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STORM Guide: FAQ and Glossary

Student Organization Records Management Guide


What does the University Archives not collect from student groups? 

  • If your group still currently uses the records or they are actively referred to on a regular basis then it is best to keep those records until a later date 
  • Detailed financial documents like bank statements, receipts, or canceled checks 
  • University-wide memos and announcements unless they relate directly to your organization or events in which your organization organized or participated in
  • Materials that were not created by your group 
  • University publications such as the Daily Tar Heel, Carolina Alumni Review, or the University Gazette unless specific articles relate to events the group organized or participated in 
  • Books  

Do you collect t-shirts, pins, plaques or other physical objects that we may produce?  

Not always, but it's possible depending on what the objects are. At the time of donation, you can discuss options with University Archives staff.  

What should I do about the newsletters or publications our organization publishes on a regular basis? 

One copy of your organization's newsletters and other publications can be donated to the University Archives. 

Will I still have access to my stuff? 

When you donate your materials to the University Archives, we process it and make physical materials available for everyone in the reading room and digital materials available on the digital repository. So, you will still have access to your physical materials upon request in the reading room or digital ones, online.  See the "Research Your Group's History" tab for more information on registering and requesting materials.

Archivist points in large book


Books with word "glossary" in storm graphic

Accession – the process of adding new items or collections to the archive; typically, during this phase, archivists assign a number to the collection and make record of it in their systems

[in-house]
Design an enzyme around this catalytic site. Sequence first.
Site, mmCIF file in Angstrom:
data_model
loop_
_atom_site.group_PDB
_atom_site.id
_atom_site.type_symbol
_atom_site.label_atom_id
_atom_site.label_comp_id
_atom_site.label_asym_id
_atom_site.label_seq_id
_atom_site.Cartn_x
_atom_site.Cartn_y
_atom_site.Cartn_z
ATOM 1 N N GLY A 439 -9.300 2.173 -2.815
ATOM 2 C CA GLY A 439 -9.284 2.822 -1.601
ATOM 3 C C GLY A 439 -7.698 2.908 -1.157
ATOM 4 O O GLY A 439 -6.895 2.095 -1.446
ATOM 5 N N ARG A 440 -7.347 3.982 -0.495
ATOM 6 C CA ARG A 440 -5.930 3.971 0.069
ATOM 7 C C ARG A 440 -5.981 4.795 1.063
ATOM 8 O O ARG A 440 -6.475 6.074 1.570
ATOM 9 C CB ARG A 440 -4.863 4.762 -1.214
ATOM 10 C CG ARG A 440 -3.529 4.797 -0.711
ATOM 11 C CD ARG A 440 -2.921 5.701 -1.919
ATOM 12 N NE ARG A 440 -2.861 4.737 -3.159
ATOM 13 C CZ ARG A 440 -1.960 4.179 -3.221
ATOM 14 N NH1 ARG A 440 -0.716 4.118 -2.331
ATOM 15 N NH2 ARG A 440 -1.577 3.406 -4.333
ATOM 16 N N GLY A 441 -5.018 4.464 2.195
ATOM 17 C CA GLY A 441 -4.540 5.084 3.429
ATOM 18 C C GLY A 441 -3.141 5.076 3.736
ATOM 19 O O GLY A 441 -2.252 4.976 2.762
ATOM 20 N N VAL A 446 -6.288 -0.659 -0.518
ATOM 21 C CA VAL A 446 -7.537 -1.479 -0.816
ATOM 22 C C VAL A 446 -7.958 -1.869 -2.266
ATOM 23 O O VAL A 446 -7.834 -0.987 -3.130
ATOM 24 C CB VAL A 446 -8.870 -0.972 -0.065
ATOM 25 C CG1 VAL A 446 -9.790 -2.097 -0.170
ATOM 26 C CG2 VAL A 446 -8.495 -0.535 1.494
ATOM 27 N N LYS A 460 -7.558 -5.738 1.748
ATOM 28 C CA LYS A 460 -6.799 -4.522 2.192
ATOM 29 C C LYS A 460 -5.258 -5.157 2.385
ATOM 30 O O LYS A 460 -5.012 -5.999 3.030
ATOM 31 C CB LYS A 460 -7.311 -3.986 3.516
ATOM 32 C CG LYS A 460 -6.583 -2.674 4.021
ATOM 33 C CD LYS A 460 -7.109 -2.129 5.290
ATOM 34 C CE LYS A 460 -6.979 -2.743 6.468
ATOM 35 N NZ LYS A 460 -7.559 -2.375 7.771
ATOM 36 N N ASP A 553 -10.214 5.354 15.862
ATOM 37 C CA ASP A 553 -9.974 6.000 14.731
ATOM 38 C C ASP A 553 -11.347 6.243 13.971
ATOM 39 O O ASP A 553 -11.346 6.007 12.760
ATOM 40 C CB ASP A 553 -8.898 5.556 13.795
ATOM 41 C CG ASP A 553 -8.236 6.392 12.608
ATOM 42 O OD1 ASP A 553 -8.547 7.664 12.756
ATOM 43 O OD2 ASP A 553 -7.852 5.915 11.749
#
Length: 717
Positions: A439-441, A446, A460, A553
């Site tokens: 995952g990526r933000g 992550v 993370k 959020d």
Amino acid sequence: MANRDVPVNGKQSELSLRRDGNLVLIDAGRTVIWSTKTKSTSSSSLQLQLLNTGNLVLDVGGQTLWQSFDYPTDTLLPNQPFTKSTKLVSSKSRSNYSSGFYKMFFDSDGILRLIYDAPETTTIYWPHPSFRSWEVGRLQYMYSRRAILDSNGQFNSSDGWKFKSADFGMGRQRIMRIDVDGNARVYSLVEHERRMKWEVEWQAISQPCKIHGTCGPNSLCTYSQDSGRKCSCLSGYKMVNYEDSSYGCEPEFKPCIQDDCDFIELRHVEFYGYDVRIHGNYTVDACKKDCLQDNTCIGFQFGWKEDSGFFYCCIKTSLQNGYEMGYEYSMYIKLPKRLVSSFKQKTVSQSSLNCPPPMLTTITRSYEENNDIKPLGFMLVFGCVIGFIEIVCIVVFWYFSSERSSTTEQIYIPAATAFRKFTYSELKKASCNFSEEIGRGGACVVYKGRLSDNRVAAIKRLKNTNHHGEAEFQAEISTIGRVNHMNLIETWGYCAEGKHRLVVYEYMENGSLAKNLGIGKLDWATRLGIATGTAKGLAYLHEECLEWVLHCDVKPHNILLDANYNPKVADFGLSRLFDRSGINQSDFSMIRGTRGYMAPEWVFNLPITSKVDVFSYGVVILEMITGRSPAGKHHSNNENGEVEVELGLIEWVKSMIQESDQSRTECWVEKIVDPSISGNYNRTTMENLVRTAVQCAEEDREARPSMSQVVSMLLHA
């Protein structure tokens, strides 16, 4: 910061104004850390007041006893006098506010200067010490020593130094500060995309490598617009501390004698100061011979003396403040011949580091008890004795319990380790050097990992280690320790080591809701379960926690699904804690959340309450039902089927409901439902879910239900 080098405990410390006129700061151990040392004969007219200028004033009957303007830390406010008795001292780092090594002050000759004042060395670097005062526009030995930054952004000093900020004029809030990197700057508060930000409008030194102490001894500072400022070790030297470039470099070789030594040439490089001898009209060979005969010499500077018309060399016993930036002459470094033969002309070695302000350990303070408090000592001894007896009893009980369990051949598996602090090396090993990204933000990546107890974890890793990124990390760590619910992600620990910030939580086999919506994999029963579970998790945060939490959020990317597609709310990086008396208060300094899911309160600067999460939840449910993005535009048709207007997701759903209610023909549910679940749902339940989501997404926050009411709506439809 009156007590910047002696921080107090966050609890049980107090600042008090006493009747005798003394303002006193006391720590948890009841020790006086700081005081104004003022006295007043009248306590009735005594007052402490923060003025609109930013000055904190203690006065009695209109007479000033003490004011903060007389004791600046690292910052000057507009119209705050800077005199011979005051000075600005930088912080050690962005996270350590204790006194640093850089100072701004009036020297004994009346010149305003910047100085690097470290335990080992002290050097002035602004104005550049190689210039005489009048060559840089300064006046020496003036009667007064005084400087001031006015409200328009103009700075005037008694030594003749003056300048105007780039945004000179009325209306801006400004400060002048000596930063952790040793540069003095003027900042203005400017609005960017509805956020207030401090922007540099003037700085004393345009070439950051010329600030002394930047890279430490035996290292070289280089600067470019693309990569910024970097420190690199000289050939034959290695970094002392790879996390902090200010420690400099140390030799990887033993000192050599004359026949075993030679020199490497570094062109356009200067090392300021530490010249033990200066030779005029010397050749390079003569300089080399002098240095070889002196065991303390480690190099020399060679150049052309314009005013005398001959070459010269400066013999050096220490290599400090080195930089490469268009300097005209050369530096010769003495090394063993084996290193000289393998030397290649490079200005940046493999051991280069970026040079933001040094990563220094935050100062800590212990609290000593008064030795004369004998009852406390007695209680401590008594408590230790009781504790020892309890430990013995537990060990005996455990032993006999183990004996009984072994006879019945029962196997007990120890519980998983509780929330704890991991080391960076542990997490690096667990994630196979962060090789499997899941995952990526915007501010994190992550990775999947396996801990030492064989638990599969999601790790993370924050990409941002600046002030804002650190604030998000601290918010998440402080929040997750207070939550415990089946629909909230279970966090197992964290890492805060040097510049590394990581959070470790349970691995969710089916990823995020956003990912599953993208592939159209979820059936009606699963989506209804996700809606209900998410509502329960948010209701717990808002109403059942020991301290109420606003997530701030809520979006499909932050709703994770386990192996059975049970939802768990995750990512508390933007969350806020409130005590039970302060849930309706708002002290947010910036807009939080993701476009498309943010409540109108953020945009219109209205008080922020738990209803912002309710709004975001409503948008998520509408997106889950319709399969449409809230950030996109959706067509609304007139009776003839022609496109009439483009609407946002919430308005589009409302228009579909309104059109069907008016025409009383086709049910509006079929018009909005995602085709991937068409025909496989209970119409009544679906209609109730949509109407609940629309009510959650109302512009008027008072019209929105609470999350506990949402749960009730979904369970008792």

Appraisal – before taking a collection in, archivists assess it and how it could be used by researchers and its relation to other existing collections 

Archive – 1. permanent valuable records; evidence of past events used to interpret history; 2. a place where collections of historical records are held 

Archivist – a professional responsible for the selection, preservation, and use of historical materials in an archive 

Collection – a group of historical materials (documents, photos, etc.); typically used to refer materials that surround a single theme, person, event, or type of document often acquired from a variety of sources 

Deed of gift – an agreement between the archives and donator that the collection, records, or papers have been officially transferred to the archival institution 

Finding aid – a source created by archivists that describes what makes up the collection, papers, or records 

Materials – when used in this context materials refers to any number of documents, photos, or other items that are donated to the archives 

Papers – a grouping of historical materials (documents, photos, etc.); typically used to refer to materials that were created by a single individual or family 

Primary resources - documents, images or artifacts that provide firsthand testimony or direct evidence concerning a historical topic under research investigation 

Records –  collections of information that can come in many different forms; a grouping of historical materials (documents, photos, etc.); typically used to refer to materials that were created by a group of people or official organization 

Records schedule – a schedule that outlines the amount of time official members of a larger organization (such as the government or university) have to hold onto records before donating or disposing of them; at UNC-CH we have such a tool for official employees and members of the university administration; the General Records Retention and Disposition Schedule does not apply to students – the university has no legal hold over records created by students 

Secondary resources - a work that interprets or analyzes a historical event or period after the event has occurred and, generally speaking, with the use of primary sources 

To give access/to make accessible – one of the main goals archivists strive for is providing historical materials for researchers to further their historical research